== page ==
In 2019, official WHO reports stated that there were an estimated 229 million cases of malaria worldwide. Around 90% of these cases particularly of Plasmodium falciparum occurred in Africa, where lack of access to malaria diagnosis is largely due to shortages of expertise and equipment. The non-specific symptoms with which malaria initially presents further exacerbate the diagnostic challenge as it means that laboratory confirmation is required. Although progress has been made during the last 10 years, there is currently no approved vaccination for malaria therefore rapid and early treatment with antimalarials and supportive management remains vital.
Particularly during the pandemic of COVID-19, traditional methods of diagnosis and screening have been subject to disruption. There are encouraging novel innovations arising in the world of malaria research, such as ‘Malaria Screener’ a new smartphone application for automated malaria screening.
The gold standard for malaria diagnosis is currently still the microscopic examination of stained blood smears, as it allows characterisation of parasite species, quantification of density and assessment of the efficacy of treatment – however, many regions wherein malaria is endemic are often lacking in trained personnel to perform microscopy for diagnosis. Nowadays the use of rapid diagnostic tests (RDTs) has become more widespread due to the ease of use – a study found the sensitivity and specificity of these to be around 29% and 89% respectively, which highlights room for improvement.
Yu and colleagues present ‘Malaria Screener’, a novel smartphone-based semi-automated system which can analyse images for malaria screening, combined with a user-friendly interface. The setup, involving an Android smartphone in conjunction with a microscope adaptor, is an affordable setup which may assist malaria diagnosis in resource-limited areas.
The application consists of three independent modules on slide-screening, data management and data upload which work together to achieve the desired function – the application is designed to be adaptable and customised, with open-source code hosted on GitHub. Furthermore, the parasite detection algorithm can be easily swapped – this ensures that other groups in this field of research can experiment with other algorithms and approaches to advance the automation of malaria diagnosis, thus serving as a code base for future developments within the area.
Another paper published in 2020 by Kuo and team in Taiwan. developed a malaria detection algorithm which was able to achieve expert-level performance in detecting P. falciparum in thin blood smear images – this further highlights that detection algorithms could be key in the acceleration of developing automated malaria diagnostics.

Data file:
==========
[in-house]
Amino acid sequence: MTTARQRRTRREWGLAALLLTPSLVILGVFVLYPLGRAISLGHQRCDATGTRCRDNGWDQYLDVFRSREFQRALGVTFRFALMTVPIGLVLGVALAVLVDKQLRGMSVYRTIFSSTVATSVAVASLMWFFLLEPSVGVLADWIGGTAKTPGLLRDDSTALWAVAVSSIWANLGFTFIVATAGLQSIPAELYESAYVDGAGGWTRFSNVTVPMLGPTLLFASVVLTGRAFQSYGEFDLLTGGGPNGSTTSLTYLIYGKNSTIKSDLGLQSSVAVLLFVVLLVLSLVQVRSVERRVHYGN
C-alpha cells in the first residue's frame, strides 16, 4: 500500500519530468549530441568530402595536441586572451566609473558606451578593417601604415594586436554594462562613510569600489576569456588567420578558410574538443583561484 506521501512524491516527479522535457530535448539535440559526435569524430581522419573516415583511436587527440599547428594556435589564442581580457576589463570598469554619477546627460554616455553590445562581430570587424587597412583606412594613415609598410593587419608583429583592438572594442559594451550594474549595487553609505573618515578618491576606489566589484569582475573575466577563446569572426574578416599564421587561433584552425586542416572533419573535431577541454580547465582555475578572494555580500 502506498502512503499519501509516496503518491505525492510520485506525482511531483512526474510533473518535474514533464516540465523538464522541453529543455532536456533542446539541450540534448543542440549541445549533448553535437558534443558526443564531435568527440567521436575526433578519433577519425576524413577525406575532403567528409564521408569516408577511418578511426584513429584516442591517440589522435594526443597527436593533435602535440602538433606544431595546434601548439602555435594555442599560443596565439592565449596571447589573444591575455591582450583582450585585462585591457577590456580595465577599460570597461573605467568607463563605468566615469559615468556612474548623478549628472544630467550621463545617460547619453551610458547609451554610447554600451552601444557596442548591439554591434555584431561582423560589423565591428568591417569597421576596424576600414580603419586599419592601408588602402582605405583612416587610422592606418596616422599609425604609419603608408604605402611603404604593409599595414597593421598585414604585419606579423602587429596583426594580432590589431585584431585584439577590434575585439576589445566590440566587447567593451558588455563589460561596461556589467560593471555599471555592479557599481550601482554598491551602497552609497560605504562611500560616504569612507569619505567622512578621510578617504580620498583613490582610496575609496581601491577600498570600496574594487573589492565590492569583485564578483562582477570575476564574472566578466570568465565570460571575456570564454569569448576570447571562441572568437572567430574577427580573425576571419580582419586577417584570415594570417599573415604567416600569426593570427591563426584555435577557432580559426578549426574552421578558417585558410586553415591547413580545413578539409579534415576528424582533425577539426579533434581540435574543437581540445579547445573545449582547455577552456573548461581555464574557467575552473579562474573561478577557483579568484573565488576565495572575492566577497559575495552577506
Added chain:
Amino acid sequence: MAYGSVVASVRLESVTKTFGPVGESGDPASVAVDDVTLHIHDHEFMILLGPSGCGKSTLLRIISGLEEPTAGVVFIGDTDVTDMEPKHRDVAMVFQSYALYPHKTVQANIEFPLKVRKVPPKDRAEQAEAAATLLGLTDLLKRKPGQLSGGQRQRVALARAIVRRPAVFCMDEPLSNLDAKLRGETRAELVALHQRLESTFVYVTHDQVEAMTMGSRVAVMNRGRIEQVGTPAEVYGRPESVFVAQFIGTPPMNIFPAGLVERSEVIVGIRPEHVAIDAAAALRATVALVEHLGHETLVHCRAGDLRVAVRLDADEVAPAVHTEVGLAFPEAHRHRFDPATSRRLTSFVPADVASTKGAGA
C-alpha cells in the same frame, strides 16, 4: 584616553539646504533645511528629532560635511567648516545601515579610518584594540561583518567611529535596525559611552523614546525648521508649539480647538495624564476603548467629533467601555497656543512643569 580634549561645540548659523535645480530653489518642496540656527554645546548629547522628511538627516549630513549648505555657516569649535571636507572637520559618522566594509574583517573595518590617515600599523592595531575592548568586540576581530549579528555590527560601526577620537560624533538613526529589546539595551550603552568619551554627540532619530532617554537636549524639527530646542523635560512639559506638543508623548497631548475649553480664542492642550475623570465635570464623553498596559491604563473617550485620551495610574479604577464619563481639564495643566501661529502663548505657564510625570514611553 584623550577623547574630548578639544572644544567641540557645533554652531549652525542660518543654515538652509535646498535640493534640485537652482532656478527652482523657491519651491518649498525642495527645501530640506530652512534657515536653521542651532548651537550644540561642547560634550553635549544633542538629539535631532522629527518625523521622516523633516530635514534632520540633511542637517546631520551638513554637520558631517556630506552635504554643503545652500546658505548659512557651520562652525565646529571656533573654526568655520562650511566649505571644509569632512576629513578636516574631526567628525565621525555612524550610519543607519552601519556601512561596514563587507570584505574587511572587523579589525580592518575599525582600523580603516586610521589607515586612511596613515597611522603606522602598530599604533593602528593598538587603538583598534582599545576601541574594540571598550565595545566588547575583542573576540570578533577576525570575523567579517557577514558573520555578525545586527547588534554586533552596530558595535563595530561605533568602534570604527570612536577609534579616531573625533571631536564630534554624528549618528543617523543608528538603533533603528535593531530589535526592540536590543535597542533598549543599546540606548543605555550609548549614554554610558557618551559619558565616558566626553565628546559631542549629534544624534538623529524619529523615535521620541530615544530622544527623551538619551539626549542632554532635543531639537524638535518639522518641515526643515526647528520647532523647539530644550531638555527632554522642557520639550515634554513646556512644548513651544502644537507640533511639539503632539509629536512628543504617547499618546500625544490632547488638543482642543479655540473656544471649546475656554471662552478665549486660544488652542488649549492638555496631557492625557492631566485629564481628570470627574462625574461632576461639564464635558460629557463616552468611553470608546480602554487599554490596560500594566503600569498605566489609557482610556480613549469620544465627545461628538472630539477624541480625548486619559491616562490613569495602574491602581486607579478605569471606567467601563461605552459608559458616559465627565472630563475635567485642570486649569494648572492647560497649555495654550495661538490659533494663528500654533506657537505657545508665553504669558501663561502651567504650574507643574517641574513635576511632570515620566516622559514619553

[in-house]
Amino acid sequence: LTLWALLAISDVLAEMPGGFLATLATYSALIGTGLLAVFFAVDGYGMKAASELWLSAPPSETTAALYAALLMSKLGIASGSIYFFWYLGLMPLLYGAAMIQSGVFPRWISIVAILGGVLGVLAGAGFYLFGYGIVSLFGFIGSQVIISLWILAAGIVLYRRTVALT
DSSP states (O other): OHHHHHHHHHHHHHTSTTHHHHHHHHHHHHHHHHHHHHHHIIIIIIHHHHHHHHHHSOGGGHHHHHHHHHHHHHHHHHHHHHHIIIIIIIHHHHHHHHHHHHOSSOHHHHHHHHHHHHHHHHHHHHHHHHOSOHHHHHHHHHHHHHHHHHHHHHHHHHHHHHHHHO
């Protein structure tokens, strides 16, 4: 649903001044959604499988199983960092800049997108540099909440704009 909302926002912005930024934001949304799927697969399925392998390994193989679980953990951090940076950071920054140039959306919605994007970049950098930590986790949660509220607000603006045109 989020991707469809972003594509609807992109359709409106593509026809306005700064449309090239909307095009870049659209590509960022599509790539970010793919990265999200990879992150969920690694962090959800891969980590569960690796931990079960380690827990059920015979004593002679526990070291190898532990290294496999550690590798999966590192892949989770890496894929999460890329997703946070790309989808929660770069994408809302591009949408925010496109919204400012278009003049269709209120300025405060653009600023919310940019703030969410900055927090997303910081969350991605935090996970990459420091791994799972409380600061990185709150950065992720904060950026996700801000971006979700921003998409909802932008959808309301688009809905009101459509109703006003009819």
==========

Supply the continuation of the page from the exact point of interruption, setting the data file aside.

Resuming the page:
Combining the high-resolution cameras and computing power of modern smartphones, Malaria Screener can screen both thin and thick blood smear images to identify P. falciparum parasites. The research team validated the smartphone application on blood smear images from 150 patients infected with P. falciparum, and 50 control patients in Bangladesh – at a patch level, the application was found to have 96.89% accuracy with 90.92% sensitivity and 97.43% specificity; whilst at patient level the accuracy was 78.00% and the sensitivity and specificity were respectively 79.33% and 74.00%. The development of Malaria Screener represents a step towards the potential automation of the diagnostic process in malaria through automation of light microscopy examination.
This may serve as a solution to improve point-of-care diagnosis of malaria in the field in resource-limited settings, through eliminating the need for highly trained personnel. The researchers also integrated additional functions within the app to support the daily work of malaria field workers such as the data management function, allowing them to enter patient information directly into the application database rather than having a separate system.
Other papers looking at automation of diagnostic systems in malaria have also shown promise, and the importance of further research in the area to develop new tools to facilitate rapid and easier diagnosis of malaria in areas with limited access to healthcare and laboratory services cannot be overstated. Another study in 2016 by Luís Rosado and colleagues, based in Portugal, presented a methodology of image processing and analysis methodology using supervised classification to identify P. falciparum in thick smears, using images acquired exclusively using low-cost tools such as smartphones.
Further papers have looked at the use of flow cytometry-based haematology analysers as an important adjuvant diagnostic tool in the routine laboratory work-up of febrile patients in or returning from malaria-endemic regions. Innovative diagnostic methodologies combining low-cost equipment maximising efficacy with algorithms for detection from images such as that used in Malaria Screener show potential for a future of automated malaria diagnostics, alleviating the need in resource-limited settings to train personnel and saving lives otherwise lost due to a dearth of equipment and staff to diagnose malaria rapidly and accurately.